seeing science


launched in September last year, Seeing Science is a year-long project at the University of Maryland that examines and documents the ways in which science is represented through the visual medium of photography

with online platforms, essays, events and exhibitions, the project looks at the ways in which science is represented as an industry and as an academic subject; the people involved and its myriad interactions with our everyday life. from Eadweard Muybridge’s pioneering studies of animal locomotion to NASA’s rich photography archive through to augmented reality goggles for surgeons, Seeing Science seeks to examine the various forms scientific images take, what they reveal and how they transform the disciplines they serve. Bobby Jewell spoke with the project’s curator and producer, Marvin Hieferman, to find out more

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deep impact

Meteor Crater by Joe King

in the first in a series of articles, we explore some of the places we’ll be visiting on our upcoming Total Solar Eclipse Expedition this August. first up is Meteor Crater, a massive hole in the ground in Arizona that helped scientists establish techniques for identifying meteor strikes…

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✺ solar eclipse expedition


14-22 August 2017

join a small group of creative explorers as we travel across the spectacular deserts, forests and mountains of Western America to witness one of nature’s most incredible sights: a total solar eclipse

click here to be the first to hear about upcoming fieldtrips and expeditions

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a planet of oceans


from the depths of the Marianas Trench to the remote beaches of the Chagos Archipelago, we’ve rounded up five incredible places from around the planet in honour of World Oceans Day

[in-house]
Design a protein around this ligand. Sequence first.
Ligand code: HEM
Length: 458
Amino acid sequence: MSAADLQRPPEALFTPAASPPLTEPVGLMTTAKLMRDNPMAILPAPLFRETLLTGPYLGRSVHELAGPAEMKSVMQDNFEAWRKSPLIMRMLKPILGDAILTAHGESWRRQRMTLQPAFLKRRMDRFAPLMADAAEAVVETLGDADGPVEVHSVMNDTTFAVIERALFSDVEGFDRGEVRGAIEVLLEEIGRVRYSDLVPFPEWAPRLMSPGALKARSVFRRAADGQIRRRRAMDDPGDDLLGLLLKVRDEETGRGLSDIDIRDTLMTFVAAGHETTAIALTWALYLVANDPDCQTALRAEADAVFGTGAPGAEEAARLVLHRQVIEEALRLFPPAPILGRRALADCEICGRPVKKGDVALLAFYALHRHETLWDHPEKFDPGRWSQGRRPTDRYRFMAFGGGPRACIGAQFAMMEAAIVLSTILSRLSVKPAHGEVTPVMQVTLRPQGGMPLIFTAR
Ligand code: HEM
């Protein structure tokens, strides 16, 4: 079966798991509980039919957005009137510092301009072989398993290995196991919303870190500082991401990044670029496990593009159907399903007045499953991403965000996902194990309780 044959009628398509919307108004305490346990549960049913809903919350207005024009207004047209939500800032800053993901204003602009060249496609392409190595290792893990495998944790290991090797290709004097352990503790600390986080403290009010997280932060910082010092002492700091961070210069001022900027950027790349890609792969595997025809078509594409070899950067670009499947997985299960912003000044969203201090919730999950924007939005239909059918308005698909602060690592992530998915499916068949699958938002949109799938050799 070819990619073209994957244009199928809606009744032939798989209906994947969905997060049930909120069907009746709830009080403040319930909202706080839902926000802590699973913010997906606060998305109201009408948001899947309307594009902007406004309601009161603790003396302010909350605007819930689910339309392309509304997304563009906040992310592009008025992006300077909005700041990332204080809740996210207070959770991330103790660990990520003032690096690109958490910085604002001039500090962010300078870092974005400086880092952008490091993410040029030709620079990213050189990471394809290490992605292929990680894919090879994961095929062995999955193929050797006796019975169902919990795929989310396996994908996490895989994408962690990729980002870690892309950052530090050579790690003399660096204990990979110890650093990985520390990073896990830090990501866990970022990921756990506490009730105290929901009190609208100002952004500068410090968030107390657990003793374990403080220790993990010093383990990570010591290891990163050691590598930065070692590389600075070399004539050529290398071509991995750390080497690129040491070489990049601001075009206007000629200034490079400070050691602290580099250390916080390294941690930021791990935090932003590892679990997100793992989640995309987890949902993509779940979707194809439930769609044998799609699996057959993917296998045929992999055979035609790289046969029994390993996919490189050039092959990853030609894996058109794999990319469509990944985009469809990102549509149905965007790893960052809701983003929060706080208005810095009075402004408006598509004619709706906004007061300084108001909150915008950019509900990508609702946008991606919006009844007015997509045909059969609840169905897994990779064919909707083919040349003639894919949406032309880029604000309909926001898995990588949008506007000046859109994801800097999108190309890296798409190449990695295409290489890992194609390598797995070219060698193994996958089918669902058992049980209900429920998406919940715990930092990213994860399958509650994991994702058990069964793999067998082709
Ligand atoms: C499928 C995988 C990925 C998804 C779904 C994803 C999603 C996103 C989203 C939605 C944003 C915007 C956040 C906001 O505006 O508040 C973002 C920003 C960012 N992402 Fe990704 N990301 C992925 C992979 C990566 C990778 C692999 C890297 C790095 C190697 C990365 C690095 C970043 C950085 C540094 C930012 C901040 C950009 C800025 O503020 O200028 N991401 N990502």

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L’Indifférence Des Etoiles

L'Indifférence Des Etoiles

88 pages / 26 × 19 cm / hardback
41 photographs / full colour offset
first edition of 500

L’Indifférence Des Etoiles (The Indifference of the Stars) is French photographer Julien Mauve’s first book. filled with juxtaposed images of deep space and our world, it is about the quest for meaning and the difficulty to live with the knowledge that we exist. somehow, the stars become a shelter for the mind and help us bear the briefness of human life

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104-page retrospective book (2006-2016)
first edition of 1000
170mm x 240mm
printed with vegetable-based inks on FSC-certified paper made from 100% post-consumer waste

in 2006 we published our first fanzine and began a journey into science and culture. from the depths of interstellar space to the limitless subatomic horizons of particle physics to the most beautiful places on our planet, we’ve been privileged to spend the past decade exploring the wonders and aesthetics of science from a creative standpoint

full of short stories and facts, ten is more than just a retrospective of our work. it’s a visual record of where science has taken us all in the last decade – told through 100 beautiful images from the worlds of astronomy, chemistry, mineralogy, physics, ecology, biology… and beyond

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ring world


open up Google Maps and scroll over to Canada – then zoom in and take a look to the right of the ‘Québec’ label. notice something weird? a massive, circular lake? that’s an impact crater from a 5km wide comet or asteroid that hit the area over 200 million years ago, making it the oldest known and largest visible impact crater on Earth

in our new column for AnOther, we look at Manicouagan Crater and other (potentially related) impact sites across the planet

2016 Icelandic expedition

photo by Tom Sewell

7-12 September 2016

as late summer lingers over the North Atlantic, join a small group of like-minded creative explorers as we travel across, around and underneath Iceland in search of the Northern Lights and other natural wonders in our most ambitious Icelandic adventure to date